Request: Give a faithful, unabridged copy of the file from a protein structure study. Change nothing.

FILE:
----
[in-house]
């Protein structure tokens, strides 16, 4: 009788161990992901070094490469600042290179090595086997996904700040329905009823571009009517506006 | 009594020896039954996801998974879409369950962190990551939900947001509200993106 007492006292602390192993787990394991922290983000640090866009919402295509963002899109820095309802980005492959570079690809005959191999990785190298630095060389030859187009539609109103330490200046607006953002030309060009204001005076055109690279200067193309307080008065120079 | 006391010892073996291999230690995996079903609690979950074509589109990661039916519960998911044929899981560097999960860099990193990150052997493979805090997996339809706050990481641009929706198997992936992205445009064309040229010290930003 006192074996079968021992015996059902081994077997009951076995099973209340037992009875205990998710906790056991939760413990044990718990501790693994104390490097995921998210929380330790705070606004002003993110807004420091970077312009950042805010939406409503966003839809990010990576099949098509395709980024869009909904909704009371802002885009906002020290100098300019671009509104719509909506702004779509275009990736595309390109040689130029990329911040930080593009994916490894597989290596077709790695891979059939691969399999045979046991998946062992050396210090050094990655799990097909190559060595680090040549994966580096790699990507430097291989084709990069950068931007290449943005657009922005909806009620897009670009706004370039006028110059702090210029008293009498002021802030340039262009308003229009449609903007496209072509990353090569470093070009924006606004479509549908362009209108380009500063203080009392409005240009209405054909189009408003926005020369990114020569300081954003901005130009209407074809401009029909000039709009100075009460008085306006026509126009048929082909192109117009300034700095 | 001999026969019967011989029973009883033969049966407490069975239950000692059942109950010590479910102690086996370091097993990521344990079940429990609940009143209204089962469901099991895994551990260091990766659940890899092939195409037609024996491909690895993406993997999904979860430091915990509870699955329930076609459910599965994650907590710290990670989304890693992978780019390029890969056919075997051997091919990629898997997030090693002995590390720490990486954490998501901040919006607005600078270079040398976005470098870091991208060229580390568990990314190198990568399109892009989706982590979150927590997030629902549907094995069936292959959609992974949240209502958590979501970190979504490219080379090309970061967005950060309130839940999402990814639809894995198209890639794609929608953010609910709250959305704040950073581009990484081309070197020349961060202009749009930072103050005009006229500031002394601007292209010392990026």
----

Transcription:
[in-house]
């Protein structure tokens, strides 16, 4: 009788161990992901070094490469600042290179090595086997996904700040329905009823571009009517506006 | 009594020896039954996801998974879409369950962190990551939900947001509200993106 007492006292602390192993787990394991922290983000640090866009919402295509963002899109820095309802980005492959570079690809005959191999990785190298630095060389030859187009539609109103330490200046607006953002030309060009204001005076055109690279200067193309307080008065120079 | 006391010892073996291999230690995996079903609690979950074509589109990661039916519960998911044929899981560097999960860099990193990150052997493979805090997996339809706050990481641009929706198997992936992205445009064309040229010290930003 006192074996079968021992015996059902081994077997009951076995099973209340037992009875205990998710906790056991939760413990044990718990501790693994104390490097995921998210929380330790705070606004002003993110807004420091970077312009950042805010939406409503966003839809990010990576099949098509395709980024869009909904909704009371802002885009906002020290100098300019671009509104719509909506702004779509275009990736595309390109040689130029990329911040930080593009994916490894597989290596077709790695891979059939691969399999045979046991998946062992050396210090050094990655799990097909190559060595680090040549994966580096790699990507430097291989084709990069950068931007290449943005657009922005909806009620897009670009706004370039006028110059702090210029008293009498002021802030340039262009308003229009449609903007496209072509990353090569470093070009924006606004479509549908362009209108380009500063203080009392409005240009209405054909189009408003926005020369990114020569300081954003901005130009209407074809401009029909000039709009100075009460008085306006026509126009048929082909192109117009300034700095 | 001999026969019967011989029973009883033969049966407490069975239950000692059942109950010590479910102690086996370091097993990521344990079940429990609940009143209204089962469901099991895994551990260091990766659940890899092939195409037609024996491909690895993406993997999904979860430091915990509870699955329930076609459910599965994650907590710290990670989304890693992978780019390029890969056919075997051997091919990629898997997030090693002995590390720490990486954490998501901040919006607005600078270079040398976005470098870091991208060229580390568990990314190198990568399109892009989706982590979150927590997030629902549907094995069936292959959609992974949240209502958590979501970190979504490219080379090309970061967005950060309130839940999402990814639809894995198209890639794609929608953010609910709250959305704040950073581009990484081309070197020349961060202009749009930072103050005009006229500031002394601007292209010392990026």